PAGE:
7. Putting Black Mask in Charge of the Criminal Underworld (Batman: War Games)

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Batman plans for everything, including how to organize crime even further.  His idea is to unite all the gangs under fellow vigilante Orpheus, which wouldn’t have been so bad if Black Mask hadn’t killed Orpheus and masqueraded as him.  Of course, that wouldn’t have happened if Stephanie Brown hadn’t set the plan into motion prematurely.  Why did she do that?  Because Batman took her on as a Robin just to spite her boyfriend and predecessor, only to discard her when she proved a loose cannon.  So you see, it all goes back to Batman.

6. Leaving During No Man’s Land (Batman: No Man’s Land)

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Okay, so the island on which Gotham stands has been torn apart by an earthquake, and the government considers it a loss, sending no humanitarian aid or law enforcement.  So what does Batman do?  He leaves at a time when Gotham needs him the most, going off to find his “purpose.”  Sure, he’s only human and can only take so much disappointment, and he does eventually come back.  In the meantime, though, Gotham is overrun by gang wars and its people lose all hope.  Some watchful guardian he is when he lets Gotham go to pieces while he takes a meditative retreat.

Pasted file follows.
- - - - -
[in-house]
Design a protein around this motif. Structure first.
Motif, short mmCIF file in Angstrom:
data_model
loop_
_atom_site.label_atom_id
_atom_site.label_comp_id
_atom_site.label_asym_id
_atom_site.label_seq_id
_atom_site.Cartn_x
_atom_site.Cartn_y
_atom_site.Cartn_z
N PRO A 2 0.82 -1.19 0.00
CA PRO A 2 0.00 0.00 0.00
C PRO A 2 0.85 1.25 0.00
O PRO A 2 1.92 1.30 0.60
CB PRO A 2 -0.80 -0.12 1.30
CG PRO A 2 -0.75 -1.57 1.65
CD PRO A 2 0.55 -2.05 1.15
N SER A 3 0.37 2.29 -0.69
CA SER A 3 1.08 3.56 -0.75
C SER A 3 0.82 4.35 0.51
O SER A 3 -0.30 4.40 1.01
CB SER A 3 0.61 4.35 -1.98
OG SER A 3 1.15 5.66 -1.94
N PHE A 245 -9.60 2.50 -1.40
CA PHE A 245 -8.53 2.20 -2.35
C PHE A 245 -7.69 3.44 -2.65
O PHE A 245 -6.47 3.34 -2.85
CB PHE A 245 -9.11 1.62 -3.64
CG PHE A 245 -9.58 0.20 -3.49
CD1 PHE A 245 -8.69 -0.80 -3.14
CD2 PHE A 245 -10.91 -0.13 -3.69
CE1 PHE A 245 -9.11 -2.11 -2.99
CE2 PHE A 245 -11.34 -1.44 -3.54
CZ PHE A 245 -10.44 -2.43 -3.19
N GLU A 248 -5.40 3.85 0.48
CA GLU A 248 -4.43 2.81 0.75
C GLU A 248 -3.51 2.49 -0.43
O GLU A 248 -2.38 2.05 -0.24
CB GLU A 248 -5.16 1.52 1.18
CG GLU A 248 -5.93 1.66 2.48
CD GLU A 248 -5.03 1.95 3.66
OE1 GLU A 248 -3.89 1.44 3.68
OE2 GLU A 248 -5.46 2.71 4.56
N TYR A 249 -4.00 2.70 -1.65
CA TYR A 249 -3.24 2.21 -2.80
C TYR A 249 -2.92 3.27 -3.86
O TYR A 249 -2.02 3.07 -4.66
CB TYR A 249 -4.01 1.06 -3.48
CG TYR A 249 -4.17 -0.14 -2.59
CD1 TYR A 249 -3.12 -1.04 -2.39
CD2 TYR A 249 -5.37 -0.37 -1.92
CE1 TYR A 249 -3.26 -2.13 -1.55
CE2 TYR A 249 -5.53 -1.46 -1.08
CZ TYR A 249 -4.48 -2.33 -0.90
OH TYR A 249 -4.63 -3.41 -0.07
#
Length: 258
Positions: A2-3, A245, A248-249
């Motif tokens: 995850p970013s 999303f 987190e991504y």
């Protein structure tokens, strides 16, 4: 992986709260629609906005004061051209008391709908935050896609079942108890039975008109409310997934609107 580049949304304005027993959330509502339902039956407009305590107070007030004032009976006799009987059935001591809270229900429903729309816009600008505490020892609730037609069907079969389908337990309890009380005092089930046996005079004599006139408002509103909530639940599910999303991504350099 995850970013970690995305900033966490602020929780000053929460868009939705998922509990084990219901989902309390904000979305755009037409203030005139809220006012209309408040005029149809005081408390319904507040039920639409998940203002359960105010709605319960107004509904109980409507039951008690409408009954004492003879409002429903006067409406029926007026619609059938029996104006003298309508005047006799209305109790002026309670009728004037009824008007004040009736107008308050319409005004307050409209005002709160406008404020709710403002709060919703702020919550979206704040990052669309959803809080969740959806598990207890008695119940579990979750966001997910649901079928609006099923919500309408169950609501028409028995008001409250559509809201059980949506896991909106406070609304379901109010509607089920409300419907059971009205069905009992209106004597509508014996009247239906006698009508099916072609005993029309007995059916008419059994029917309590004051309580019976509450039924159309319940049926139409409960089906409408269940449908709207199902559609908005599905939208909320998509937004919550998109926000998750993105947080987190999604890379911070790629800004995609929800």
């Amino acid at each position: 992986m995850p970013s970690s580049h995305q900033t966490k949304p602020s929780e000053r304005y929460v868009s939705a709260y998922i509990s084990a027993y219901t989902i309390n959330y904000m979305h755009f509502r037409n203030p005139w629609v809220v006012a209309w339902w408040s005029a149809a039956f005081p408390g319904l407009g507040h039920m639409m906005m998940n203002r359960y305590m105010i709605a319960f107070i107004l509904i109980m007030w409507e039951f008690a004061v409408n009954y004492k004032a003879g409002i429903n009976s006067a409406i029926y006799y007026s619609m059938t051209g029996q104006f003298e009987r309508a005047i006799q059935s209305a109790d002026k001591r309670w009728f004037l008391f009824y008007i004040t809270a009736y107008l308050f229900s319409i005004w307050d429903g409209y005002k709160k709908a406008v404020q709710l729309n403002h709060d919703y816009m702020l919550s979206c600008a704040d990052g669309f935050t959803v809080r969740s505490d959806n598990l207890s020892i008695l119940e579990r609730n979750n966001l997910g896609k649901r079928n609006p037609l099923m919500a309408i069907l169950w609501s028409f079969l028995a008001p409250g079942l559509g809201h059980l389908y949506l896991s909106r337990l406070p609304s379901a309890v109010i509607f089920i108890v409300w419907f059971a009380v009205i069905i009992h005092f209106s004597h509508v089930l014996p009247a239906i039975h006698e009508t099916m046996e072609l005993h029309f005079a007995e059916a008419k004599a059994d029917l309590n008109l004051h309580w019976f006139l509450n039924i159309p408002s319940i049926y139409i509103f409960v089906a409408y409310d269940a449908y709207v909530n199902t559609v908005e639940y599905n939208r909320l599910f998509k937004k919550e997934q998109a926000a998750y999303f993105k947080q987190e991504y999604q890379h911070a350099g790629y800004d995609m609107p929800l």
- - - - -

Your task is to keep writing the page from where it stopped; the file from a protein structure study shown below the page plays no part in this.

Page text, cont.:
5. Underestimating the Joker (The Dark Knight)

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“One man or the entire mob?  He can wait.”  One little line from Batman’s lips does more damage to Gotham than he could imagine.  By ignoring the Joker, he leaves Gotham unprotected from a madman who leaves a body count that’s impossible to follow, including the police commissioner, a judge, and Batman’s love interest.  The Joker even drives Harvey Dent insane, robbing Batman of a friend and Gotham of its white knight.  Just one man, huh?

4. Creating the Joker (Batman, Batman: The Killing Joke)

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As if letting the Joker run loose wasn’t bad enough, Batman is directly responsible for his creation.  No one knows where the Joker came from, but most versions of the story have Batman dropping an ordinary criminal into a vat of chemicals.  The result is a homicidal maniac who kills hundreds, if not thousands, of people, including Batman’s second Robin and Commissioner Gordon’s second wife, and who puts Barbara Gordon in a wheelchair.  Because of Batman, a lot of people have had more than one really bad day.